Verlyn Klinkenborg’s books include Several Short Sentences About Writing and Timothy; or, Notes of an Abject Reptile. (September 2019)

IN THE REVIEW

The Voice of the Landscape

Barry Lopez; drawing by Karl Stevens

Horizon

by Barry Lopez
In his first nonfiction book, Of Wolves and Men (1978), Barry Lopez described the appalling American slaughter of wolves—a long and ongoing vendetta driven by economic and political motives and by a quality of hatred that humans usually reserve for one another. “It seems to me,” he says, “that somewhere …

Green and Pleasant Land

Edward Hicks: The Cornell Farm, 1848

The American Farmer in the Eighteenth Century: A Social and Cultural History

by Richard Lyman Bushman

This Blessed Earth: A Year in the Life of an American Family Farm

by Ted Genoways
Industrial agriculture—shaped by the USDA, by chemical and seed companies, by the vagaries of domestic and export markets—relies on a picture of the family farmer to soften its image. It wants it both ways. It wants to celebrate its technical innovations, like genetically modified crops, computer-driven tractors, and satellite-monitored fields. And yet it also wants to foster our national nostalgia for farming and the men and women who do it. The contradiction is intolerable, especially to farmers.

A Horse Is a Horse, of Course

‘Dark Horse,’ Wyoming, 2005; photograph by Jack Spencer from his book This Land: An American Portrait, published by University of Texas Press

Farewell to the Horse: A Cultural History

by Ulrich Raulff, translated from the German by Ruth Ahmedzai Kemp
In 1937, a car carrying Rebecca West got stuck in a snowdrift on a Croatian hilltop. “Peasants ran out of a cottage near by,” she wrote, “shouting with laughter because machinery had made a fool of itself, and dug out the automobile with incredible rapidity. They were doubtless anxious to …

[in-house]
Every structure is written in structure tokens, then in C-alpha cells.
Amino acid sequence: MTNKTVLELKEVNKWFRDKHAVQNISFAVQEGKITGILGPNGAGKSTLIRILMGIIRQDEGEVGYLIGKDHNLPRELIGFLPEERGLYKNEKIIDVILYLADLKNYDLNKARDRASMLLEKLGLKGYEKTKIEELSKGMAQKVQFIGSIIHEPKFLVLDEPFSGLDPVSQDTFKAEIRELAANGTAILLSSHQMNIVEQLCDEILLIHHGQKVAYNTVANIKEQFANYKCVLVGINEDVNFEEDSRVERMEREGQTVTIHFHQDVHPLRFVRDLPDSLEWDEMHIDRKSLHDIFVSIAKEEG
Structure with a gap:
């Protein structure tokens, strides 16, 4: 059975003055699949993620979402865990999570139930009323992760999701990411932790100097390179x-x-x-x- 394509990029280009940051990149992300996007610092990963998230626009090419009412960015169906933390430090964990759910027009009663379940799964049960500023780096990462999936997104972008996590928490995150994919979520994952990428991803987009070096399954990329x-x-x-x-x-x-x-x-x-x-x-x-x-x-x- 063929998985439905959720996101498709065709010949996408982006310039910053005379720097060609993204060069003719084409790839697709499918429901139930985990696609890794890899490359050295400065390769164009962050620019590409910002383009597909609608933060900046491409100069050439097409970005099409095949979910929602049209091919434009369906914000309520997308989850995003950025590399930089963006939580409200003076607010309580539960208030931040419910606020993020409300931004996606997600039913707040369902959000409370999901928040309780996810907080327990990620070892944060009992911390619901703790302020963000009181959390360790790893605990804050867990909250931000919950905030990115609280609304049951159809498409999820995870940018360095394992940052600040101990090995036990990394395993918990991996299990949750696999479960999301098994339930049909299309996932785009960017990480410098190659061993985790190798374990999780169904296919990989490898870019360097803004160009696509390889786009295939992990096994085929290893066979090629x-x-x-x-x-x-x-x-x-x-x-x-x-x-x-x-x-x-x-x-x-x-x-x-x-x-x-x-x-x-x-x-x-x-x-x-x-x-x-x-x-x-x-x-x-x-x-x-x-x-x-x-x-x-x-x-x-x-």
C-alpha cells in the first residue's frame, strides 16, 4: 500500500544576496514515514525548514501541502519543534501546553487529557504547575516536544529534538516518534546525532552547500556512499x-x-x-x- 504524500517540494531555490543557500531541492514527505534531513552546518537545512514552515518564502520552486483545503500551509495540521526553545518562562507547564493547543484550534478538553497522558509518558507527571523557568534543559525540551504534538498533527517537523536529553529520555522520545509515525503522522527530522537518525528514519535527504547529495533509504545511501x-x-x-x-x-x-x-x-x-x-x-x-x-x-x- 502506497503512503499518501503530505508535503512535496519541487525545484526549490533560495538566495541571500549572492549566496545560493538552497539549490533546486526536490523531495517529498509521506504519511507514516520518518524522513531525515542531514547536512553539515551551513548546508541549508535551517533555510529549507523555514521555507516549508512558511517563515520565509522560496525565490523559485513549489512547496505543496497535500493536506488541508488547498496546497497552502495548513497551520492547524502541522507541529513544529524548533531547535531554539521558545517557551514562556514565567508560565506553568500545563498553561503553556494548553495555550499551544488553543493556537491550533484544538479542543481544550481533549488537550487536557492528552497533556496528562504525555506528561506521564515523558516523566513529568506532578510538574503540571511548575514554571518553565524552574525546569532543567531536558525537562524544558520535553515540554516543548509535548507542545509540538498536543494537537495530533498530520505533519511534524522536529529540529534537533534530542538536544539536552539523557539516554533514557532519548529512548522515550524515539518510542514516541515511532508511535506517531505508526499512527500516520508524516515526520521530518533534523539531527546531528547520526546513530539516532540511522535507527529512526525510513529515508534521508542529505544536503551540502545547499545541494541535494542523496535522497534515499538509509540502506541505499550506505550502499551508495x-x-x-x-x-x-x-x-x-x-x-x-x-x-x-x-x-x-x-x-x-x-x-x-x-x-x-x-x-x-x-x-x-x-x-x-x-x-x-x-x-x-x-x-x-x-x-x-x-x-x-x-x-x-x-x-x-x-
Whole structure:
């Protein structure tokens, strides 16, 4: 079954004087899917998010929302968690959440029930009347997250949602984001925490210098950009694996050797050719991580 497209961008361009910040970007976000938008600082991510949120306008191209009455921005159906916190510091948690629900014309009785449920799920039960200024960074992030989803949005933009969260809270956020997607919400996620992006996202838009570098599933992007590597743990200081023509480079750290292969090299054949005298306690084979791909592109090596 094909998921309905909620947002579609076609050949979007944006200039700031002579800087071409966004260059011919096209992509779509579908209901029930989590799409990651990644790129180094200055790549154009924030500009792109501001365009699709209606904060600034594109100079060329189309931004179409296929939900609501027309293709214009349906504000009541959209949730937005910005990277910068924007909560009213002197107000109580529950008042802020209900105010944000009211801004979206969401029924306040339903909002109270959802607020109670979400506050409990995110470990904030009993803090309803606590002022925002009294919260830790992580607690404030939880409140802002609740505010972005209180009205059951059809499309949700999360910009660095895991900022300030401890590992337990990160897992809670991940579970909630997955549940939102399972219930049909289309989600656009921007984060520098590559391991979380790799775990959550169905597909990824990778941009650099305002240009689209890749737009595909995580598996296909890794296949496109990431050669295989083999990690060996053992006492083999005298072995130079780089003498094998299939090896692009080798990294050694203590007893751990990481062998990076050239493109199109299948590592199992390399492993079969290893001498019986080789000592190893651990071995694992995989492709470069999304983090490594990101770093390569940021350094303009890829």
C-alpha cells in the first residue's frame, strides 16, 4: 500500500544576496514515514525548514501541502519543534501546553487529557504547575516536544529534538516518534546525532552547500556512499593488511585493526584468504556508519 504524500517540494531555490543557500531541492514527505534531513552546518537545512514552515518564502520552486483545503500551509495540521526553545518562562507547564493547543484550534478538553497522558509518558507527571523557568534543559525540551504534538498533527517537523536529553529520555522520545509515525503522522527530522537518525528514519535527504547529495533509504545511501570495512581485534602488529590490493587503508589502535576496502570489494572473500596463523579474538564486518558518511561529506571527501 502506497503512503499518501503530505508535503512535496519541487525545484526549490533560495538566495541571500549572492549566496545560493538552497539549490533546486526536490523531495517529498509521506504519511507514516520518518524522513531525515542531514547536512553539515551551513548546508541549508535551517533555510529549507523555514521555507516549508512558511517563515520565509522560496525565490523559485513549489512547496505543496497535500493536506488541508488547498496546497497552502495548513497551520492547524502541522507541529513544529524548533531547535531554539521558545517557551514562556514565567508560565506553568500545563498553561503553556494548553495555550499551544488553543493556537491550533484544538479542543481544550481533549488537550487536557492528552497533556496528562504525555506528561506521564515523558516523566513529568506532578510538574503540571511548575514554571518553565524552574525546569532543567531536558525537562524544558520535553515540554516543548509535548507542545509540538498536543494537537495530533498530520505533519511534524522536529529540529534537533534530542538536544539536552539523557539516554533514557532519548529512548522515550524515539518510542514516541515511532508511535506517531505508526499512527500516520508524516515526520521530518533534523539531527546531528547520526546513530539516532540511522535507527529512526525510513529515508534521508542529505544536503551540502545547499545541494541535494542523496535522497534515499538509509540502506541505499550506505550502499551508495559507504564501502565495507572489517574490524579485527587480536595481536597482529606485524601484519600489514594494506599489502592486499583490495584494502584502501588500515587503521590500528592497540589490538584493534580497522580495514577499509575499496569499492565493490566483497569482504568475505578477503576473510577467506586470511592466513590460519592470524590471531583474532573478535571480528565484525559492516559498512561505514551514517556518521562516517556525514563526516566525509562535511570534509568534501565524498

‘At the Peak of the Terror’

Iraqi policemen and American soldiers waiting while their commanders plan a joint patrol of southern Baghdad, 2010; photograph by Peter van Agtmael from his book Disco Night Sept. 11, published by Red Hook Editions

Redeployment

by Phil Klay
Redeployment is a collection of twelve brutally effective first-person stories about the uselessness of stories. They are fictions from the Iraq war, but they draw on many conversations between soldiers and the author, Phil Klay, an ex-marine. Who tells them? Among the narrators are a military chaplain, a soldier in …

How to Destroy Species, Including Us

Eden, Wyoming, 2005

The Sixth Extinction: An Unnatural History

by Elizabeth Kolbert
The better we understand the earth’s natural systems, the more dynamic they appear to be. (The same could be said of the universe itself.) Two and a half centuries ago earth looked like a planet of remarkable fixity and a short time scale. Since then, of course, the past has …

The Prophet

Oil and Honey: The Education of an Unlikely Activist

by Bill McKibben
Four years ago, I gave a morning talk at Wes Jackson’s Land Institute in Salina, Kansas. It was the institute’s thirty-first Prairie Festival, a sparkling autumn weekend in the central Kansas hills. For years, the Land Institute has been one of the centers of positive thinking about agriculture. It is …

NYR DAILY

John Ruskin, a Wreath of Emotion

Lausanne (detail), attributed to John Ruskin, undated

I can no longer sum up John Ruskin as neatly as I did when I was working at the Morgan Library. I was a young, privateering scholar then, conducting swift, efficient raids on the legacy of one writer after another as the manuscript exhibition came together. Ruskin was a prescient critic of the industrializing world around him and an early witness of climate change, as Tim Barringer notes in Unto This Last: Two Hundred Years of Ruskin, the catalog accompanying the exhibition of the same name currently showing at the Yale Center for British Art. Ruskin’s lectures called “The Storm-Cloud of the Nineteenth Century”—delivered in 1884 and based on a lifetime of cloud-watching—portray the “plague-wind” that originated, he believed, in the smokestacks of industrial England. “By the plague-wind every breath of air you draw is polluted, half round the world.”